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I wouldn't pay $500 for a pup from that litter either (but I also probably wouldn't take a free pup from that litter), I was just throwing that out there to illustrate what I was trying to say--that I'd feel more comfortable if I didn't feel like the owners were trying to make a profit on the pups. I picked the numbers kind of randomly. Just to be clear.

OP, I think passing is the right thing to do. I don't know that I agree with your vet's reasons either, but it sounds like you have enough concerns about the situation that it's probably better to wait and find a puppy you feel comfortable with.
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Old 01-09-2013, 06:43 PM   #54 (permalink)
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I don't think the breeder should even think about 'breaking even' in an accidental breeding. They should take their losses monetarily and not expect people to pay for their 'mistake'.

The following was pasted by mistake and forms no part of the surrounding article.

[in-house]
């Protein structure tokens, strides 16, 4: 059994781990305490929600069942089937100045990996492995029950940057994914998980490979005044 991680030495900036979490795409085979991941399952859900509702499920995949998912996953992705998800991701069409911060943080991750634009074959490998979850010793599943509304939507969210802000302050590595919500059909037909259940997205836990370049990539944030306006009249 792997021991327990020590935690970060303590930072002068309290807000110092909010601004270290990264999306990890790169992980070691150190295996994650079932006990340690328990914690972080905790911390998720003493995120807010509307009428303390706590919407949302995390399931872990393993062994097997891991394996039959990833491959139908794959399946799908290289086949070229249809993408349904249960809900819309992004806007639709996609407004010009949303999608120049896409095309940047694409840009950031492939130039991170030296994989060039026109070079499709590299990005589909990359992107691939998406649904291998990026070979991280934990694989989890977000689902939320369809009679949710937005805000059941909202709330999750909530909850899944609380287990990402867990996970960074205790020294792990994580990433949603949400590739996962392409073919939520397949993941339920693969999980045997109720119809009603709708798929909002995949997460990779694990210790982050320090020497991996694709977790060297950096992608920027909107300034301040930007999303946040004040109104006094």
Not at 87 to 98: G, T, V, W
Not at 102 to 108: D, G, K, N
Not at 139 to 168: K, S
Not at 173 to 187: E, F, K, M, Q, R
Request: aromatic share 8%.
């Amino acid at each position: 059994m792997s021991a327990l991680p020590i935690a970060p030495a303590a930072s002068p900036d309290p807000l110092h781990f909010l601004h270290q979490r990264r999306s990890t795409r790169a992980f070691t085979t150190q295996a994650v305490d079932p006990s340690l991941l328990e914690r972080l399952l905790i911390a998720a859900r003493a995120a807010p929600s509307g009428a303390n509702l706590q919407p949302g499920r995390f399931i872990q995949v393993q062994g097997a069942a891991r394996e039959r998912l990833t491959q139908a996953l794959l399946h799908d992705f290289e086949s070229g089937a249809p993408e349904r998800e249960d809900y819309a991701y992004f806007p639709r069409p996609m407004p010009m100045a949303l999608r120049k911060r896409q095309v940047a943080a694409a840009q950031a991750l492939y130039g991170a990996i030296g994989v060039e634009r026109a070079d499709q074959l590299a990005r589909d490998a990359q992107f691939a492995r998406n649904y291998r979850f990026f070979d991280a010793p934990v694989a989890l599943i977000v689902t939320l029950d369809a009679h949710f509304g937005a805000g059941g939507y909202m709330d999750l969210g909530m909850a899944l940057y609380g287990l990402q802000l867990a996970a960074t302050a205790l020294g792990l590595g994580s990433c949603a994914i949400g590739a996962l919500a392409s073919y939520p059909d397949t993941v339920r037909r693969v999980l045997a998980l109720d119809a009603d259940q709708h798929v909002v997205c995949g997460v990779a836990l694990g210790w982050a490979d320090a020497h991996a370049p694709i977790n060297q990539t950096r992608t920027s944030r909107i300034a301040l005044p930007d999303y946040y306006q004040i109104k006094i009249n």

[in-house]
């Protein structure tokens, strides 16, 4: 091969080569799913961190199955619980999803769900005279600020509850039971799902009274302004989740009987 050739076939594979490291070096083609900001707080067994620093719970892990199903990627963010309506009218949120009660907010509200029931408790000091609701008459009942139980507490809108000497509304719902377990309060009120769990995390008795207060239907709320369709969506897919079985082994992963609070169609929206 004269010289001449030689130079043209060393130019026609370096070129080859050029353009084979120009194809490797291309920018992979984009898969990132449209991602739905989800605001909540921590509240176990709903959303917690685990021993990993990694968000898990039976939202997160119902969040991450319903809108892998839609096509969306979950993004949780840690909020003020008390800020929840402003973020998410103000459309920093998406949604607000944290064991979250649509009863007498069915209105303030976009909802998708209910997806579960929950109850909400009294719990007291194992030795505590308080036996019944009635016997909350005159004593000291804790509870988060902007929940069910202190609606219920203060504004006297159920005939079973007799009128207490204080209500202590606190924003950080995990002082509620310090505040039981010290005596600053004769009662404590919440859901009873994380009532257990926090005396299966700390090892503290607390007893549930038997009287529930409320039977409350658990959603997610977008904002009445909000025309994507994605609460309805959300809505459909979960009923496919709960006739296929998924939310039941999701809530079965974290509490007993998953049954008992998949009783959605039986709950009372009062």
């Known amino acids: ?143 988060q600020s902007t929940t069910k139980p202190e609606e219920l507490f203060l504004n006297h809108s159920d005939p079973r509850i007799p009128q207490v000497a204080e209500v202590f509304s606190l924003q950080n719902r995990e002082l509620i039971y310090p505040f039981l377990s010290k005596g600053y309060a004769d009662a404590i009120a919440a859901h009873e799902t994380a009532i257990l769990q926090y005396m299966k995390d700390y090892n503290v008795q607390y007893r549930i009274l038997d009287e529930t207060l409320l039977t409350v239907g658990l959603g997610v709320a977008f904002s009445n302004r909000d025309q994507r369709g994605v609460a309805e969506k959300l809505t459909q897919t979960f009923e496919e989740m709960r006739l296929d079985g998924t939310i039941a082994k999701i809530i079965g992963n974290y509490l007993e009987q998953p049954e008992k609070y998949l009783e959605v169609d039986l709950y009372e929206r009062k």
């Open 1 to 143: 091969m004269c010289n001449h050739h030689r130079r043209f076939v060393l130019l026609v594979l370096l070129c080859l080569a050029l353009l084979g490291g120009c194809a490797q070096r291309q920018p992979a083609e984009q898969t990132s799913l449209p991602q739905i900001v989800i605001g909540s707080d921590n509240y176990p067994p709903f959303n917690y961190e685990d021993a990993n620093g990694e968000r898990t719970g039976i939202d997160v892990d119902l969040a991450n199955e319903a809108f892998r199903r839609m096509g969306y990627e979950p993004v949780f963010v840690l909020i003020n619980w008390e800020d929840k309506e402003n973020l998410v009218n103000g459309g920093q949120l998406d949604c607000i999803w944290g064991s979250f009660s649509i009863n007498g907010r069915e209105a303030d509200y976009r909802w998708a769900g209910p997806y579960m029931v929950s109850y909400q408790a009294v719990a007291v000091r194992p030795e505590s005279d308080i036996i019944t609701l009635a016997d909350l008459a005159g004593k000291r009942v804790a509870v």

I do believe very, very careful screening of potential owners and the normal breeder's protocol with first rights should happen however.
Especially the lines that this litter comes from, they should not just place them in pet homes, but w/more experienced handlers. These pups may end up to be more than the average pet owner can deal with.
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Old 01-09-2013, 06:48 PM   #55 (permalink)
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I disagree that they aren't going to make money if they are charging $500 a pup.

I have not bred dogs. But for years, we were a foster home for a high kill shelter that regularly placed moms and pups with us. So I have experience raising a litter in that regard.

Generally, the mom won't have any issues. I know there are stories abounding of issues, but reality is that usually they whelp without any medical intervention needed. Especially the dogs that shouldn't be bred, it just seems that those are always the ones that have huge litters and have no issues whelping.